labels.jpgThis is also one of my favourite Beltian experiments. Not necessarily because it’s controversial (actually, there are probably very few people in this world who even know about it!), but because of the type of effect it has on sound. So long as you don’t remove the wrong labels, it’s not that difficult to get right. So how does it work? Simple. You remove labels! Labels are bad! However…. some labels are good! But… since this is Belt 101, and these are only experiments to determine whether these techniques can have any effect on our perception of sound, we’re not going to get too complicated here. I will simply advise that you remove the adhesive product labels from the back of your audio equipment.

If you can, do a good job and remove the gluey residue that is left behind as well (you guessed it, it too has an effect on sound). The only thing I will advise against removing in this text, is the make and model no. of the device. Also, if you happen to see any bar codes silkscreened on the device, you should cover that up with paper. (Tip for true Beltists: Much more effective crossing out the barcode with the Red X Coordinate Pen, and if you have any, cross out silkscreened warning labels and electrocution symbols).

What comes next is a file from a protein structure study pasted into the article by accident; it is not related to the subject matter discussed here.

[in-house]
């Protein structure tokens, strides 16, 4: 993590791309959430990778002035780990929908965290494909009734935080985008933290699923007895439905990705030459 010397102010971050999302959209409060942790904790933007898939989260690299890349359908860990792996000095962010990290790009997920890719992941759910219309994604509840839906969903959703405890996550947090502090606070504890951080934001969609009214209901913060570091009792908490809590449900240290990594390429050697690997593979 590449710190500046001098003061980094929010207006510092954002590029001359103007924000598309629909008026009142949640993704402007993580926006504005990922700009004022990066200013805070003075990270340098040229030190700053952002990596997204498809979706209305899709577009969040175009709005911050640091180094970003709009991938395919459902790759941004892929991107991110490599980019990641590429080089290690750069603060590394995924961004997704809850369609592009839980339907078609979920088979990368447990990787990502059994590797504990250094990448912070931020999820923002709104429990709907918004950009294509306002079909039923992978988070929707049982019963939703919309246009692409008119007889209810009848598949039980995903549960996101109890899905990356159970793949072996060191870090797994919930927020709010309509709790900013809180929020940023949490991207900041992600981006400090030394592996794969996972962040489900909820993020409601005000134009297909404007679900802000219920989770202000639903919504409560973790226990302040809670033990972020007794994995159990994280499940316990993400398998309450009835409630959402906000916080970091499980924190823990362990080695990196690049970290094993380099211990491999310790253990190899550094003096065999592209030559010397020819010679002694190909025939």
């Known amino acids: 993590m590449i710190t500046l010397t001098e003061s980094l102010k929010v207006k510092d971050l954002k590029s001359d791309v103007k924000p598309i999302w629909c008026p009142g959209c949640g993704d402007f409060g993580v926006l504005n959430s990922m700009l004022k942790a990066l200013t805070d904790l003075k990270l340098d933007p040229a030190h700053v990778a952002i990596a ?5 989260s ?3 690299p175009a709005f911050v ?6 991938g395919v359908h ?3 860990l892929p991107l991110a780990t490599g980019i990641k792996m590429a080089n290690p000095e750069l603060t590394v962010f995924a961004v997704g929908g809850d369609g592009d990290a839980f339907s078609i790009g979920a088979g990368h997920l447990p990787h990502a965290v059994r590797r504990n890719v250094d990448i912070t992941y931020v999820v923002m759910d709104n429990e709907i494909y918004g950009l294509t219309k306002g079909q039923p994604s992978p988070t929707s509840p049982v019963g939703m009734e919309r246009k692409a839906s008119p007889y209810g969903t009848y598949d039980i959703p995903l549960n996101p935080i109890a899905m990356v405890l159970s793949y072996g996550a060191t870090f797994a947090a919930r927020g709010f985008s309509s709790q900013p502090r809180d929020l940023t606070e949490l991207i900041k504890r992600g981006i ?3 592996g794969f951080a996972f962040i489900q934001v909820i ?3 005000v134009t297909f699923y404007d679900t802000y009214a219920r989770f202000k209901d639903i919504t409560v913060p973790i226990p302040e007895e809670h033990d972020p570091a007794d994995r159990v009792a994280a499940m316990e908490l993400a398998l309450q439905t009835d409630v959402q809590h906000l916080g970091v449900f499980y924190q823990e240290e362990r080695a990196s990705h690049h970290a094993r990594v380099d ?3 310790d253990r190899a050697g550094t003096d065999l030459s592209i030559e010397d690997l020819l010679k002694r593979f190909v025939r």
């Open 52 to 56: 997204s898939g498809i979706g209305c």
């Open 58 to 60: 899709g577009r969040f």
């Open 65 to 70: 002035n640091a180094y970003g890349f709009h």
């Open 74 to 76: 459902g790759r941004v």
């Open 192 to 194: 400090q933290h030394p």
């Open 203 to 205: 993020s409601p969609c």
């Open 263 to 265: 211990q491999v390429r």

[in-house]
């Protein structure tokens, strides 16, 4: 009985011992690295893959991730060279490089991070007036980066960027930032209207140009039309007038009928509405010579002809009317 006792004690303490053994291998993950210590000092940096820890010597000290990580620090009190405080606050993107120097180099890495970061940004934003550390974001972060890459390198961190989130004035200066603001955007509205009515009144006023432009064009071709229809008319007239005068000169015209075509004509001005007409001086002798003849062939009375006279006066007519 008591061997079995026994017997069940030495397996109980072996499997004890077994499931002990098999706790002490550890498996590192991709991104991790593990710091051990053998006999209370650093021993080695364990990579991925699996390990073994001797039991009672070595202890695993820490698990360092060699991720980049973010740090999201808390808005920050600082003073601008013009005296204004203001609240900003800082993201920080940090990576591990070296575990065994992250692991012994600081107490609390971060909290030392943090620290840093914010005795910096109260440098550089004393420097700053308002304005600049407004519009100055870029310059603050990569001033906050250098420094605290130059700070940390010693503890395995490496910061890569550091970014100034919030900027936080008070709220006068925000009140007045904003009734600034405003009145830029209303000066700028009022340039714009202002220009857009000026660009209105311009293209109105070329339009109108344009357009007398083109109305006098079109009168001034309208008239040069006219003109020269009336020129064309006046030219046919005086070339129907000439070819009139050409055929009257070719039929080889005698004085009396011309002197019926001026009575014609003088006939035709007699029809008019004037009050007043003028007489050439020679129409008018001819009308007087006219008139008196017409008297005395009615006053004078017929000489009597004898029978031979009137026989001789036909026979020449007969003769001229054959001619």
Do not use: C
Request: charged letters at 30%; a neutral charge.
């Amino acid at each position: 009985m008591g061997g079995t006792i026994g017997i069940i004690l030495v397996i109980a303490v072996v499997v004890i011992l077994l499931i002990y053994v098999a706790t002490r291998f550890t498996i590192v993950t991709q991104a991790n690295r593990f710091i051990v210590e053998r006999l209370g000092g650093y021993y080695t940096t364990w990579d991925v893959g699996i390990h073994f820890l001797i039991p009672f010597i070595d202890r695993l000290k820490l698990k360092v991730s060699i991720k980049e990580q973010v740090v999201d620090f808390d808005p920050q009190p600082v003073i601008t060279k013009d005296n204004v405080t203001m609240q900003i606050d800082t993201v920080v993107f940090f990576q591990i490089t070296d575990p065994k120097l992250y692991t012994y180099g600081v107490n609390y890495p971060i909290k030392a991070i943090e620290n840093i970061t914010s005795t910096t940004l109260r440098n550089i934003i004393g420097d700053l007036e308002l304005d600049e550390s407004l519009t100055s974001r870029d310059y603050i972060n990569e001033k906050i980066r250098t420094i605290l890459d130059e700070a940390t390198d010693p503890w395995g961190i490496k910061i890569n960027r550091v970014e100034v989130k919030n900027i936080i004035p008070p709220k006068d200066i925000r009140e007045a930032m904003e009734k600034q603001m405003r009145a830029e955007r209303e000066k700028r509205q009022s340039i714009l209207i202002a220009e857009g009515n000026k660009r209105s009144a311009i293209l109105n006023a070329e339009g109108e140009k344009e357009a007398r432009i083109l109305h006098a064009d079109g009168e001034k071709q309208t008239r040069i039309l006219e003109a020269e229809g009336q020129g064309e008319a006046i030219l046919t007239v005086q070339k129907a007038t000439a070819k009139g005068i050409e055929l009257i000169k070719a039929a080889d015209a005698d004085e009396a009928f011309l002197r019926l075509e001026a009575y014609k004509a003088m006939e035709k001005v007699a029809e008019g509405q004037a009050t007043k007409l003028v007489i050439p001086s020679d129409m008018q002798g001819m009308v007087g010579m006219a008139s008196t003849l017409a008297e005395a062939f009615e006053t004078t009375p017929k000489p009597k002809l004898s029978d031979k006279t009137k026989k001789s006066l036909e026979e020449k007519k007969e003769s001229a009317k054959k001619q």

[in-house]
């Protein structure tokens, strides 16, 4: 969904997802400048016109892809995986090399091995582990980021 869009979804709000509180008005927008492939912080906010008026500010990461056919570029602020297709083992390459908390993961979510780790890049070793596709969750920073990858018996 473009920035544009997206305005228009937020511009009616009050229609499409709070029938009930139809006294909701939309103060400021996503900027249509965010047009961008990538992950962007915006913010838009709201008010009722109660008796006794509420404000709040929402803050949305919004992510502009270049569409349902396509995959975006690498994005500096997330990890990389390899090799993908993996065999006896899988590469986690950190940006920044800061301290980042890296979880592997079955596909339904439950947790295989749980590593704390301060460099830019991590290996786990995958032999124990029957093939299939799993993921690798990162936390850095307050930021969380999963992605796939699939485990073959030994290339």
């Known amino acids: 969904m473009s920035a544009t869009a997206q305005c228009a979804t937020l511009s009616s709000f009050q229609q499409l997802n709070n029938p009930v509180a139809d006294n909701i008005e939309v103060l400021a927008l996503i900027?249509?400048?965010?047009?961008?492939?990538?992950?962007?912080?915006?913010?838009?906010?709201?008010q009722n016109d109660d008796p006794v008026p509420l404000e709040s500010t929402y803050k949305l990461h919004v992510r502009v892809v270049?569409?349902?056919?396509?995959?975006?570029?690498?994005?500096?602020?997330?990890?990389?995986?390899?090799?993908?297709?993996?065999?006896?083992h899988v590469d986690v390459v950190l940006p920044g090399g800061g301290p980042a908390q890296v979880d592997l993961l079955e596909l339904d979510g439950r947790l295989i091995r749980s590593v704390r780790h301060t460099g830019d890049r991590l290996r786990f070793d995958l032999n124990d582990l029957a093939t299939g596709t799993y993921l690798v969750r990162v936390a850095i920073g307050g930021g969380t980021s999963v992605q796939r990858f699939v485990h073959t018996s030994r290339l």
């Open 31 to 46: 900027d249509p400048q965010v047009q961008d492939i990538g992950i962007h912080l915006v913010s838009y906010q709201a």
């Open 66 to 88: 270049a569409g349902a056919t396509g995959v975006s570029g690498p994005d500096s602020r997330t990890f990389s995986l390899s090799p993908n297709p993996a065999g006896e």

(Tip for true Skeptics: Presuming you’ve heard the label effect and you’re now trying hard to figure out how it works… Well in case you decide to get really imaginative and hypothesize that because it’s on the back of the equipment, it must be having some sort of effect related to resonances or EMI or RFI or CAD or CAM or FBI or GUD or GPS etc….. here’s a simple variation: remove the labels from a device that has nothing to do with your audio chain. It doesn’t even have to be in the same room. It will have a similar effect).